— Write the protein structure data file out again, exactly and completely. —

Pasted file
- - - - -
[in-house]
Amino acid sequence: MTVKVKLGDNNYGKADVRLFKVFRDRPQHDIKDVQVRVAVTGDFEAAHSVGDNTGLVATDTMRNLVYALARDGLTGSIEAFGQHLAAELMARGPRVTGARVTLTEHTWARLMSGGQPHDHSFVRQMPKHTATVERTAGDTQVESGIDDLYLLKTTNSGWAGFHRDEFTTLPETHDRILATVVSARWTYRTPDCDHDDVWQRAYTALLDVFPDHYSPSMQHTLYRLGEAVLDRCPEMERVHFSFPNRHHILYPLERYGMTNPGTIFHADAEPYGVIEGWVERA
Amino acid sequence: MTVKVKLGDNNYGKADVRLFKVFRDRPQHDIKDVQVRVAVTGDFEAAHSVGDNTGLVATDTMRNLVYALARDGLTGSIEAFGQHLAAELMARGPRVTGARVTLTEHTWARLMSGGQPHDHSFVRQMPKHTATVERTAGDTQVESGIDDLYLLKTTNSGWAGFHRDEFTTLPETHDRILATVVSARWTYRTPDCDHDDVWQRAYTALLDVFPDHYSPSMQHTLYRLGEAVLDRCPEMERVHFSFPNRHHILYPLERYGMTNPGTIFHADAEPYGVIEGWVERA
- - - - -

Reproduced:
[in-house]
Amino acid sequence: MTVKVKLGDNNYGKADVRLFKVFRDRPQHDIKDVQVRVAVTGDFEAAHSVGDNTGLVATDTMRNLVYALARDGLTGSIEAFGQHLAAELMARGPRVTGARVTLTEHTWARLMSGGQPHDHSFVRQMPKHTATVERTAGDTQVESGIDDLYLLKTTNSGWAGFHRDEFTTLPETHDRILATVVSARWTYRTPDCDHDDVWQRAYTALLDVFPDHYSPSMQHTLYRLGEAVLDRCPEMERVHFSFPNRHHILYPLERYGMTNPGTIFHADAEPYGVIEGWVERA
Amino acid sequence: MTVKVKLGDNNYGKADVRLFKVFRDRPQHDIKDVQVRVAVTGDFEAAHSVGDNTGLVATDTMRNLVYALARDGLTGSIEAFGQHLAAELMARGPRVTGARVTLTEHTWARLMSGGQPHDHSFVRQMPKHTATVERTAGDTQVESGIDDLYLLKTTNSGWAGFHRDEFTTLPETHDRILATVVSARWTYRTPDCDHDDVWQRAYTALLDVFPDHYSPSMQHTLYRLGEAVLDRCPEMERVHFSFPNRHHILYPLERYGMTNPGTIFHADAEPYGVIEGWVERA